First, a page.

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THE PARABLE OF THE TWO EAGLES
The prophecy of this chapter was directed against another false hope of the house of Israel, namely, the national conviction that God's promises to the house of David was an unconditional guarantee that the prosperity of Israel would continue forever, no matter what the moral and spiritual condition of the people was. "They thought that God could not fail toward Zedekiah without reversing his ancient promises to the house of David. Here, the prophet revealed that Zedekiah would receive the due reward of his evil deeds; and, that despite that, God would yet fulfill all of his glorious promises to the Chosen People, though, from human observation, all appeared to be lost, the kingdom of David would be exalted in latter times."
There would indeed be raised up one to sit upon the throne of David; but that spoke of Jesus' resurrection from the grave, and his ascension to the right hand of God, those glorious events which far more than adequately fulfilled all of God's promises to David (Acts 2:29-35).
Concerning the date of the chapter, the last preceding date mentioned by Ezekiel was in Ezekiel 8:1, which was 592 B.C. and the next date mentioned by the prophet (Ezekiel 20:1) was eleven months later. "From Ezekiel 17:20, it is clear that this prophecy was uttered a year or two earlier than the date given in Ezekiel 20:1, say, about 590 B.C."
THE FIRST EAGLE
"And the word of Jehovah came unto me, saying, Son of man, Put forth a riddle, and speak a parable unto the house of Israel; and say, Thus saith the Lord Jehovah: A great eagle with great wings and long pinions, full of feathers, which had divers colors, came unto Lebanon and took the top of the cedar: he cropped off the topmost of the young twigs thereof, and carried it unto a land of traffic; he set it in a city of merchants. He took also of the seed of the land, and planted it in a fruitful soil; he placed it beside many waters; he set it as a willow tree. And it grew, and became a spreading vine of low stature, whose branches turned toward him, and the roots thereof were under him: so it became a vine, and brought forth branches, and shot forth twigs."
The analogy here is called both a riddle and a parable. Indeed, it is both. How the clipping from the cedar became, first "as a willow tree," and later as a vine is not explained.
"The first eagle here represents the king of Babylon, Nebuchadnezzar." "The great eagle' mentioned here is from the Hebrew [~neser], which actually means the griffon vulture; and that is the basis for the Revised Standard Version rendition here." It appears to us that a vulture is more in keeping with the personality of Nebuchadnezzar than an eagle!
"The cedar of Lebanon ..." (Ezekiel 17:3). is a reference to the land of Palestine.
"The topmost of the young twigs thereof ..." (Ezekiel 17:4). refers to the young king Jehoiachin.
"The seed of the land which was planted ..." (Ezekiel 17:5). is a reference to Zedekiah."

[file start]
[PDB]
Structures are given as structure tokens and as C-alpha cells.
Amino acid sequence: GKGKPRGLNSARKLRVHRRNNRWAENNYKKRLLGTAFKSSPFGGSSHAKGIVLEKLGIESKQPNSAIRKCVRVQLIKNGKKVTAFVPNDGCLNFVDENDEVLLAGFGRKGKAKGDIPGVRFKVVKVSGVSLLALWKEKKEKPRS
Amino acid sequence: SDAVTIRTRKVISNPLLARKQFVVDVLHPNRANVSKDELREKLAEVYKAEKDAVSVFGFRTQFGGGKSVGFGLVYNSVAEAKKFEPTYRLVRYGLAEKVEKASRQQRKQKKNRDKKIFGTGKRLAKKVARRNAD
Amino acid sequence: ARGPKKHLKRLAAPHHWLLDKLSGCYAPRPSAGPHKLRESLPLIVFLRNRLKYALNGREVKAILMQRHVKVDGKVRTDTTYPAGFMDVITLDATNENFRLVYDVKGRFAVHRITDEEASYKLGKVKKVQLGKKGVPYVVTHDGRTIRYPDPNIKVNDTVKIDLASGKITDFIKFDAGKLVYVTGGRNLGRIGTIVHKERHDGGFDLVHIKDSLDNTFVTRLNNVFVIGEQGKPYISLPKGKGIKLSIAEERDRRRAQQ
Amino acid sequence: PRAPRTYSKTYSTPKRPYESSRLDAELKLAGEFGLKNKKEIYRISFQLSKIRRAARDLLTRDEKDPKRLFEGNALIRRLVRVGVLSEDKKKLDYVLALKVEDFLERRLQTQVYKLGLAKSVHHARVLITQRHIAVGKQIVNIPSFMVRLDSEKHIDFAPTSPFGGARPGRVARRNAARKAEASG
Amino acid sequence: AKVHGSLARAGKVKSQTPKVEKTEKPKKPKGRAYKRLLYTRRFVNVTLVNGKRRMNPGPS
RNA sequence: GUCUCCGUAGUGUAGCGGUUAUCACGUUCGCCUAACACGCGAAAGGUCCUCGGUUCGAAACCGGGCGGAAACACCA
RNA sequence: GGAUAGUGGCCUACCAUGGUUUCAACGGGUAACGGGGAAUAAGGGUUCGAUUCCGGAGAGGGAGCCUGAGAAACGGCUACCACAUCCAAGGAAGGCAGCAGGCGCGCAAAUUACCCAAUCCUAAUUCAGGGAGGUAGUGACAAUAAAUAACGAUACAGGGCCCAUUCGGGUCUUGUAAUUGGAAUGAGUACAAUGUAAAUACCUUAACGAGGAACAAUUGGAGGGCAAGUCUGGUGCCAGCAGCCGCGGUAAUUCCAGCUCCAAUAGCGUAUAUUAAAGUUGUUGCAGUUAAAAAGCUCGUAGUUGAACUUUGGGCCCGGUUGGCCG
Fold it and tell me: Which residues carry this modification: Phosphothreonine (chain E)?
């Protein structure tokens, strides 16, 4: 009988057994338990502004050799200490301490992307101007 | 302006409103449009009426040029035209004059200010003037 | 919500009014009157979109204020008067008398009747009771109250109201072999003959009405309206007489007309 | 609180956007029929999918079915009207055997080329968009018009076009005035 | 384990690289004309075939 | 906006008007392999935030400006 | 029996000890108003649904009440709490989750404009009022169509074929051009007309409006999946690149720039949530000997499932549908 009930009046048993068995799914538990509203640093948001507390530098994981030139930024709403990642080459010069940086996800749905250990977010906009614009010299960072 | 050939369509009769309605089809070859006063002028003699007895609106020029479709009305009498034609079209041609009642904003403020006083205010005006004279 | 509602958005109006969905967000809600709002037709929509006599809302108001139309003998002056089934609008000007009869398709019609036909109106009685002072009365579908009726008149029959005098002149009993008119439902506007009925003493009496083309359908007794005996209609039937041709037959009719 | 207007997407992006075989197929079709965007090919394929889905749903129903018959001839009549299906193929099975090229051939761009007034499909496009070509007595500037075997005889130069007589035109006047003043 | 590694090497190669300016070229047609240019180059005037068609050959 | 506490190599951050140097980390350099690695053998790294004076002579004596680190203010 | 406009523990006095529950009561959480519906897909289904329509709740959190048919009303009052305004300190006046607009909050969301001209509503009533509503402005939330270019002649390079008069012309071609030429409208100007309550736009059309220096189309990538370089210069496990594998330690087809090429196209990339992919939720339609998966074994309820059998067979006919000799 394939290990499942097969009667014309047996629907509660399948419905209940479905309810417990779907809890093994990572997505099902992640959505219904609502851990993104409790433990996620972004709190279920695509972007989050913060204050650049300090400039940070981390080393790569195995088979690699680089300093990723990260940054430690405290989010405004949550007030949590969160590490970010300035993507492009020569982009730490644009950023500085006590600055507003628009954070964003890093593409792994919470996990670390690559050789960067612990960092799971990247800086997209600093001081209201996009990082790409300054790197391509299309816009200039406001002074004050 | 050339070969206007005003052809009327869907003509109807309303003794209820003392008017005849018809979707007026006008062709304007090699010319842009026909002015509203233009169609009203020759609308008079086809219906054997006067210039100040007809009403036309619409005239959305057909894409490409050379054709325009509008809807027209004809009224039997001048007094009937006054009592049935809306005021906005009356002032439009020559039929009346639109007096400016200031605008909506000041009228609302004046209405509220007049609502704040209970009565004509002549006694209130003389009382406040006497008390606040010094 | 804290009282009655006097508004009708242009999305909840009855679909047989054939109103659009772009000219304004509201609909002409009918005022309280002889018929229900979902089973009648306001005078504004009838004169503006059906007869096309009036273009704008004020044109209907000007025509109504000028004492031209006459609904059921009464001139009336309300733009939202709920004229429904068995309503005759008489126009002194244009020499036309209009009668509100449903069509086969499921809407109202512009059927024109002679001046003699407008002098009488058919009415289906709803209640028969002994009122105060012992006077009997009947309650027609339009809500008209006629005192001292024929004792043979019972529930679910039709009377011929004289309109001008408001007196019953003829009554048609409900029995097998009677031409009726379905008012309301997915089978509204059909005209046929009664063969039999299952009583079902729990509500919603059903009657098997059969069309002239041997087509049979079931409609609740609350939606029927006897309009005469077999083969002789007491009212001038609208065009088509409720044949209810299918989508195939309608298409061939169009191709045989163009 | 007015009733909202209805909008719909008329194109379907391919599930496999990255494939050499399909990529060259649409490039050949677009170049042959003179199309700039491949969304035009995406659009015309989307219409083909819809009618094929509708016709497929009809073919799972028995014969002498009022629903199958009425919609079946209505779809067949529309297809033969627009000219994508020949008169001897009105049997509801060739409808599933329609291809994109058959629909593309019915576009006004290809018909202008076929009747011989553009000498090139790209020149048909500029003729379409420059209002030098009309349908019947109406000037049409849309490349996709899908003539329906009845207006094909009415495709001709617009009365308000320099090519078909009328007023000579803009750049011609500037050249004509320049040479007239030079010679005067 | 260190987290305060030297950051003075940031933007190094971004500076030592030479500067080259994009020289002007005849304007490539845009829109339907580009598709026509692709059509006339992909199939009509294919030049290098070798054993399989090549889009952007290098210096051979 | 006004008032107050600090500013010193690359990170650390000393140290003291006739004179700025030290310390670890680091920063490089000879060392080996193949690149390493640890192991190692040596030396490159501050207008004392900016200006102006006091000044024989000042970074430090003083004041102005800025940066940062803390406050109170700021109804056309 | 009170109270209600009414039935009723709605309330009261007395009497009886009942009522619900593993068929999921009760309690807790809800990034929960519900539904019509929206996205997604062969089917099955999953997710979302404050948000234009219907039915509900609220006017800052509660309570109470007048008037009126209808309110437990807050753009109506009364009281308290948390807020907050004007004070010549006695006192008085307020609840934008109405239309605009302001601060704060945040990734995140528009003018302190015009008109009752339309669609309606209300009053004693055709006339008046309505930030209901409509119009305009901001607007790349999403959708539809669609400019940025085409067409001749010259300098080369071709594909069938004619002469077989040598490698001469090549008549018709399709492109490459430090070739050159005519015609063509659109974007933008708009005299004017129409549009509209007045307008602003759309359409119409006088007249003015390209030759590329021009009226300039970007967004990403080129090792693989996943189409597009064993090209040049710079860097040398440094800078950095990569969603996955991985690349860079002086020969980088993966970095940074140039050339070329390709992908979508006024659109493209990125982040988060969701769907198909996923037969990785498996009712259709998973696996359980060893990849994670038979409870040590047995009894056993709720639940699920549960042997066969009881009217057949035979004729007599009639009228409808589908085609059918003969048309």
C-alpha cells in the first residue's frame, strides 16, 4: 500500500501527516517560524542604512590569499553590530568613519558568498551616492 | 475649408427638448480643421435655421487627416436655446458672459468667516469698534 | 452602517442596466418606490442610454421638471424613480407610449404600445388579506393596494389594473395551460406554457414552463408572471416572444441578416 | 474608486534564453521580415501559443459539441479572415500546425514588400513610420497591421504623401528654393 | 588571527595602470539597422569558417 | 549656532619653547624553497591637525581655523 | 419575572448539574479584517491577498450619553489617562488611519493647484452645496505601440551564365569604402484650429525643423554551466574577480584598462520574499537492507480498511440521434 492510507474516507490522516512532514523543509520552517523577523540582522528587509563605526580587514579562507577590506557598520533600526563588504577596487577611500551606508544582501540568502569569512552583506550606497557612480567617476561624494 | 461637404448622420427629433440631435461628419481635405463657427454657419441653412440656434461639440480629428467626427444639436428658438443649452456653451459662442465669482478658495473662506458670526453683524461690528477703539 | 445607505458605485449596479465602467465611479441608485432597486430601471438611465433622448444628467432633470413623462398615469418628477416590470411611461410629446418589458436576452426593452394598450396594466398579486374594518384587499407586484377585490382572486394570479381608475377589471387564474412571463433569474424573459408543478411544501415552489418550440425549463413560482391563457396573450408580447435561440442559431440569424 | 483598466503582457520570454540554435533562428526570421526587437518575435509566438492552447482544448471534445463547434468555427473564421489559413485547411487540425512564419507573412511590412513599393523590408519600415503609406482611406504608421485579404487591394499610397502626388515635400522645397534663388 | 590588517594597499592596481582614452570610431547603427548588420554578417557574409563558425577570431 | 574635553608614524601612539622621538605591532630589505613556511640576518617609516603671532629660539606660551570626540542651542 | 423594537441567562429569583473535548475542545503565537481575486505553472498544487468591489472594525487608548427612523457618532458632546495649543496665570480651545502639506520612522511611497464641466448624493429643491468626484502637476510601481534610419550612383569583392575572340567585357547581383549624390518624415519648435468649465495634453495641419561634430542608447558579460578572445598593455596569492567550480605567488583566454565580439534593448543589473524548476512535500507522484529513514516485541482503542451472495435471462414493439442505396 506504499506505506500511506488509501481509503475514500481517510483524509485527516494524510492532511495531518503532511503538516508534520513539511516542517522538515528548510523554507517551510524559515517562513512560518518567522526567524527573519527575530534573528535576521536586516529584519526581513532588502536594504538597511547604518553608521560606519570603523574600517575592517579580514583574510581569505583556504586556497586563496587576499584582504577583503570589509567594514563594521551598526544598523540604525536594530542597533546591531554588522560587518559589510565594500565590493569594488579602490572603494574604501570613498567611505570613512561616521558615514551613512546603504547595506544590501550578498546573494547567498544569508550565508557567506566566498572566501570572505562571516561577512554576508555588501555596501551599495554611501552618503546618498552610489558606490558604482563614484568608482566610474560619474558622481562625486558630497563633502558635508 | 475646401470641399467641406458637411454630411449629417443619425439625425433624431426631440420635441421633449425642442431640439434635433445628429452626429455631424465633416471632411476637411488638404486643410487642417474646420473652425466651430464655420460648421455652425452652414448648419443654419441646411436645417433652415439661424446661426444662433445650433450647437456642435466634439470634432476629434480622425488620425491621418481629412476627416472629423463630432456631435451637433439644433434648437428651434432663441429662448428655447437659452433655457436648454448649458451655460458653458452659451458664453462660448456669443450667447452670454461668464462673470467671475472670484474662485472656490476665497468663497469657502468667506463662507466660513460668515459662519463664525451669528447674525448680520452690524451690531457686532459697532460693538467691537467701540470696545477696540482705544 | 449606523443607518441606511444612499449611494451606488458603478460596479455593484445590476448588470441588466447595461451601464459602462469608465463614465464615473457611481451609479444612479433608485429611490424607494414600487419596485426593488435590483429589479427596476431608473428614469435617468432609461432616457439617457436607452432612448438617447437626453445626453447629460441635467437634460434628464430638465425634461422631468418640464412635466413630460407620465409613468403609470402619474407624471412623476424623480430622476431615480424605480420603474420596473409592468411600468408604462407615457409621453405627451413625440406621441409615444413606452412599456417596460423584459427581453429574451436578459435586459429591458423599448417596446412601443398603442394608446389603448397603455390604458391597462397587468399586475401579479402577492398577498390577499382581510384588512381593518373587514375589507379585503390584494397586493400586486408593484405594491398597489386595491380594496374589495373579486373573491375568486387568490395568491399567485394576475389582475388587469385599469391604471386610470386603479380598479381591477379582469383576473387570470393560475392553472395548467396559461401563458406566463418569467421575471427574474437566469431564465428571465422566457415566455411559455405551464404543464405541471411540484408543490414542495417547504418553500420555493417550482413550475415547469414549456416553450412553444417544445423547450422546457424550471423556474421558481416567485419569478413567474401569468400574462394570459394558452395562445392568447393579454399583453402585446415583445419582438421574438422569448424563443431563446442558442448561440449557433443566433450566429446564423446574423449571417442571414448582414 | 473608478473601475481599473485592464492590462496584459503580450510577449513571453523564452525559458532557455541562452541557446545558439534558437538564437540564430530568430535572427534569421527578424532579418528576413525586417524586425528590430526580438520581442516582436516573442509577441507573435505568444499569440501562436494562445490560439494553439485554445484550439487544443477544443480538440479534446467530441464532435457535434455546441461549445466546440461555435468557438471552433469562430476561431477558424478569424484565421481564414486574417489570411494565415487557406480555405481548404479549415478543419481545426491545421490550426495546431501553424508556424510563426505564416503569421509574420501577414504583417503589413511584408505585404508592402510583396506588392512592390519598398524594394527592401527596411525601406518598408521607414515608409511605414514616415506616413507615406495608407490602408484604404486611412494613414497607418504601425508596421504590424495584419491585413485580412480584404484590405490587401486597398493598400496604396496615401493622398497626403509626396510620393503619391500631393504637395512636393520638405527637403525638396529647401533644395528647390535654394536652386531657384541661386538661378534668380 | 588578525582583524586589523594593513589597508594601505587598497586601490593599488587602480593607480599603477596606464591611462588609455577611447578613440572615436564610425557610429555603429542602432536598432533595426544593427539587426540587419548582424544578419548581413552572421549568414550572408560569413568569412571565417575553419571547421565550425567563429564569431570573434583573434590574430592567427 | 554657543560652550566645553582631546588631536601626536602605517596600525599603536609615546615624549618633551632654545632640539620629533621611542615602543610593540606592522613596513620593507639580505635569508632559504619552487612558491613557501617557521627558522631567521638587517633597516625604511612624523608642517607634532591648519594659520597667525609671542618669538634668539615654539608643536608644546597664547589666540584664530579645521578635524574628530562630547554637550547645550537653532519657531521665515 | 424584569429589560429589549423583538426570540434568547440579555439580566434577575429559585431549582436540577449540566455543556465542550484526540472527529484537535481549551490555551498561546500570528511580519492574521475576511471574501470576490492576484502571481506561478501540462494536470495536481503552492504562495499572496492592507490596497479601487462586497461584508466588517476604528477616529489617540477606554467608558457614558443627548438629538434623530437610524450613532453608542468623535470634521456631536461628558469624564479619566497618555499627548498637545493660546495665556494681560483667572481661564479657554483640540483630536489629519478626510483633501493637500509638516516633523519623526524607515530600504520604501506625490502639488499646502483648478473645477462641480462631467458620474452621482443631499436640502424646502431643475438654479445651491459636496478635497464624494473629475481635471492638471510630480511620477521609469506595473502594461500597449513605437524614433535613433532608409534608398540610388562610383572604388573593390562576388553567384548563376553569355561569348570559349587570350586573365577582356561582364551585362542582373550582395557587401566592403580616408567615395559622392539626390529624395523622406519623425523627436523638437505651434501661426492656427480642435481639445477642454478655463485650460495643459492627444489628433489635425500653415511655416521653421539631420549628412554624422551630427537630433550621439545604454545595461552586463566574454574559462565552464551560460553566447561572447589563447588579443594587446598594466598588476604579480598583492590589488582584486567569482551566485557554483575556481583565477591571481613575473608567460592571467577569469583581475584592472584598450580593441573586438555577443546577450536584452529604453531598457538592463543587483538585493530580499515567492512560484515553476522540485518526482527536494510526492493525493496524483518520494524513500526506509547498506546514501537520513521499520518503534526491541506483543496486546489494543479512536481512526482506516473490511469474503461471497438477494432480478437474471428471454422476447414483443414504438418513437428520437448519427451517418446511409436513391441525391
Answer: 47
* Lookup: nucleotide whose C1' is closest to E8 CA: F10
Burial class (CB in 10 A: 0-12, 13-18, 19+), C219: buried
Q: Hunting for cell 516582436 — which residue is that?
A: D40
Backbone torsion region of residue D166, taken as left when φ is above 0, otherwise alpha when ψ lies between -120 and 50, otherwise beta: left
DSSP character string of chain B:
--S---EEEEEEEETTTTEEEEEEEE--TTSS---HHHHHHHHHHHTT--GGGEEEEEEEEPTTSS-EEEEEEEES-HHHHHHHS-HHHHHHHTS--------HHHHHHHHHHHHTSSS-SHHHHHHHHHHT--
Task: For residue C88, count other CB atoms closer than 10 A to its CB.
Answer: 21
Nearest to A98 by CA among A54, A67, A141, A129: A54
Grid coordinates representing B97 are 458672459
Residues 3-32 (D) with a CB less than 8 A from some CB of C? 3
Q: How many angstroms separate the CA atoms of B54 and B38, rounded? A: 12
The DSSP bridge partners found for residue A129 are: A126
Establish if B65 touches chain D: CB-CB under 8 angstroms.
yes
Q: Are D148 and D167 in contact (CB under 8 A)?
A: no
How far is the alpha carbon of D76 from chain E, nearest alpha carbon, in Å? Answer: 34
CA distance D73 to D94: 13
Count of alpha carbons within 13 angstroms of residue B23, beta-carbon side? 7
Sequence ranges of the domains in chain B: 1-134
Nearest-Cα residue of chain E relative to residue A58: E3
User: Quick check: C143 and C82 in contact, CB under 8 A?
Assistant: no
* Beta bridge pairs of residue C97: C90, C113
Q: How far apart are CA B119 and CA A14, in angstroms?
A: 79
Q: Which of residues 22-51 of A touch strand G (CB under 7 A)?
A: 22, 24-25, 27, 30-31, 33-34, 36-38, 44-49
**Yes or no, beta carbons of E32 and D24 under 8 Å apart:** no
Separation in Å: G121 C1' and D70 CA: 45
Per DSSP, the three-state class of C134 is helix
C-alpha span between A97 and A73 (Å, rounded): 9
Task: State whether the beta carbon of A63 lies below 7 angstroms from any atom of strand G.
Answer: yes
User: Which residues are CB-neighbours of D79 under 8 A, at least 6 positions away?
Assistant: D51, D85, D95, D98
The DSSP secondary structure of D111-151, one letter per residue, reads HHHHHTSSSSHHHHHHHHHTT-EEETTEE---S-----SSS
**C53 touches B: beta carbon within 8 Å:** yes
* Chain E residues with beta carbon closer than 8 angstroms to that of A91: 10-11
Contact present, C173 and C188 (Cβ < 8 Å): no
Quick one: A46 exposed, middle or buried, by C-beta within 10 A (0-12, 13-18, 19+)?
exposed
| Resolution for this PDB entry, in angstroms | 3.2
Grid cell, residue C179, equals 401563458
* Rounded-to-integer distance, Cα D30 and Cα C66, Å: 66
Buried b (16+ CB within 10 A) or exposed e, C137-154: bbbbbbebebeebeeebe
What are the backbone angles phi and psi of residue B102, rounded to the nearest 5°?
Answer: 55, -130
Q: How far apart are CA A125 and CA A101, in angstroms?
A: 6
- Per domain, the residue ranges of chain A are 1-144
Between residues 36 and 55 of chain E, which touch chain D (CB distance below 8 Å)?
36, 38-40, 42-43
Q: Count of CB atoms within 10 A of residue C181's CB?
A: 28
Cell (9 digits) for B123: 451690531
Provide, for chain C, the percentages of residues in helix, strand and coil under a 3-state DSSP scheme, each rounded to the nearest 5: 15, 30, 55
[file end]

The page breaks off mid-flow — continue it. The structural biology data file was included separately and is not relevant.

"Fruitful soil ... many waters, etc...." (Ezekiel 17:5). These express the beauty and fertility of Palestine.
"Land of traffic ... city of merchants ..." (Ezekiel 17:5). These indicate Babylon, to which Jehoiachin and the first company of deportees were carried away.
"And the roots thereof were under him ..." (Ezekiel 17:6). "This means that Zedekiah's dependence upon Babylon would not change." The earlier statement here that "his branches turned toward him (the king of Babylon)" indicates the same thing. As long as Zedekiah remained true to his sworn allegiance to the king of Babylon, all went well with the kingdom; but his rebellion brought on the swift and total destruction of Jerusalem.
THE OTHER EAGLE
The other eagle depicted here was, of course, another vulture, fitting emblem indeed of the king of Egypt; and the vine bending its roots toward Pharaoh and shooting forth its branches toward him are references to the treachery of Zedekiah against his suzerain overlord, the king of Babylon, as he attempted against all the advice of God's prophets, to form an effective alliance with Egypt.
God here stated the prophecy of the failure of such a maneuver by Zedekiah in the form of questions, the true meaning of which was summed up in Ezekiel 17:10, "It shall wither in the beds where it grew." Beasley-Murray identified this second vulture as Pharaoh-Hophra (Jeremiah 44:30).
"When the east wind toucheth it ..." (Ezekiel 17:10). "The hot, east wind blowing across the desert here was the armies of Babylon, led by Nebuchadnezzar."
"Moreover the word of Jehovah came unto me, saying, Say now to the rebellious house, know ye not what these things mean? tell them, Behold, the king of Babylon came to Jerusalem, and took the king thereof, and the princes thereof, and brought them to him in Babylon. And he took of the seed royal, and made a covenant with him; he also brought him under an oath, and took away the mighty of the land; that the kingdom might be base, that it might not lift itself up, but that by keeping his covenant it might stand. But he rebelled against him in sending his ambassadors into Egypt, that they might give him horses and much people. Shall he prosper? shall he escape that doeth such things? shall he break the covenant, and yet escape? As I live, saith the Lord Jehovah, surely in the place where the king dwelleth, that made him king, whose oath he despised, and whose covenant he brake, even with him in the midst of Babylon he shall die."